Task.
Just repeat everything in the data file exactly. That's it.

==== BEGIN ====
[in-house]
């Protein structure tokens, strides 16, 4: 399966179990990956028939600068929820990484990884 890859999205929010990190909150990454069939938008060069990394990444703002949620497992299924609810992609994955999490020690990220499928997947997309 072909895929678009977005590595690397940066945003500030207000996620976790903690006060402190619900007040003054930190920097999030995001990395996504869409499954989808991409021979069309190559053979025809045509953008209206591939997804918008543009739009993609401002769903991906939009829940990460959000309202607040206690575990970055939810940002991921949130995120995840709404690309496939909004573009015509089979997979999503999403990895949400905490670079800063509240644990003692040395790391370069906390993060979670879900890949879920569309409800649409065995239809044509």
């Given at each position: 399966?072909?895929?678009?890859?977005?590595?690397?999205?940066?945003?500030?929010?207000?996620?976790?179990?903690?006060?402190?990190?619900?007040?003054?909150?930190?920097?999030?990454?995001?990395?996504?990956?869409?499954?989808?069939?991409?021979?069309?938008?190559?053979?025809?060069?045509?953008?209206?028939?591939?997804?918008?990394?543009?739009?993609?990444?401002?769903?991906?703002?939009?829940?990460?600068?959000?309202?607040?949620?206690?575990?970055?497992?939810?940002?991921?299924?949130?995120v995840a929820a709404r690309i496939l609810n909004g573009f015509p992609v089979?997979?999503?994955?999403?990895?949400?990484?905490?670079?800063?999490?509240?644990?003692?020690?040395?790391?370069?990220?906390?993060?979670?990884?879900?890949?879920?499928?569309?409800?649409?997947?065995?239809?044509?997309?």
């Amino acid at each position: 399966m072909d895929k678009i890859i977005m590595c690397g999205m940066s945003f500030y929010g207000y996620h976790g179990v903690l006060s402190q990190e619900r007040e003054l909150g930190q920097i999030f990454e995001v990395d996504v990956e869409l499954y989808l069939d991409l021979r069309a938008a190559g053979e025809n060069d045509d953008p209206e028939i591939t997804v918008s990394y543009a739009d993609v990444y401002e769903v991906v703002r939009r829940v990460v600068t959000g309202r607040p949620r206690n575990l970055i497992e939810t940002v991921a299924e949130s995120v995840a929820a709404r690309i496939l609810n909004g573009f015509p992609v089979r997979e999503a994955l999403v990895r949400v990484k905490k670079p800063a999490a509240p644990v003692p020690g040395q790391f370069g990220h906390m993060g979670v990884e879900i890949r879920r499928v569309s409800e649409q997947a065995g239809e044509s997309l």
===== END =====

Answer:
[in-house]
């Protein structure tokens, strides 16, 4: 399966179990990956028939600068929820990484990884 890859999205929010990190909150990454069939938008060069990394990444703002949620497992299924609810992609994955999490020690990220499928997947997309 072909895929678009977005590595690397940066945003500030207000996620976790903690006060402190619900007040003054930190920097999030995001990395996504869409499954989808991409021979069309190559053979025809045509953008209206591939997804918008543009739009993609401002769903991906939009829940990460959000309202607040206690575990970055939810940002991921949130995120995840709404690309496939909004573009015509089979997979999503999403990895949400905490670079800063509240644990003692040395790391370069906390993060979670879900890949879920569309409800649409065995239809044509």
């Given at each position: 399966?072909?895929?678009?890859?977005?590595?690397?999205?940066?945003?500030?929010?207000?996620?976790?179990?903690?006060?402190?990190?619900?007040?003054?909150?930190?920097?999030?990454?995001?990395?996504?990956?869409?499954?989808?069939?991409?021979?069309?938008?190559?053979?025809?060069?045509?953008?209206?028939?591939?997804?918008?990394?543009?739009?993609?990444?401002?769903?991906?703002?939009?829940?990460?600068?959000?309202?607040?949620?206690?575990?970055?497992?939810?940002?991921?299924?949130?995120v995840a929820a709404r690309i496939l609810n909004g573009f015509p992609v089979?997979?999503?994955?999403?990895?949400?990484?905490?670079?800063?999490?509240?644990?003692?020690?040395?790391?370069?990220?906390?993060?979670?990884?879900?890949?879920?499928?569309?409800?649409?997947?065995?239809?044509?997309?």
């Amino acid at each position: 399966m072909d895929k678009i890859i977005m590595c690397g999205m940066s945003f500030y929010g207000y996620h976790g179990v903690l006060s402190q990190e619900r007040e003054l909150g930190q920097i999030f990454e995001v990395d996504v990956e869409l499954y989808l069939d991409l021979r069309a938008a190559g053979e025809n060069d045509d953008p209206e028939i591939t997804v918008s990394y543009a739009d993609v990444y401002e769903v991906v703002r939009r829940v990460v600068t959000g309202r607040p949620r206690n575990l970055i497992e939810t940002v991921a299924e949130s995120v995840a929820a709404r690309i496939l609810n909004g573009f015509p992609v089979r997979e999503a994955l999403v990895r949400v990484k905490k670079p800063a999490a509240p644990v003692p020690g040395q790391f370069g990220h906390m993060g979670v990884e879900i890949r879920r499928v569309s409800e649409q997947a065995g239809e044509s997309l």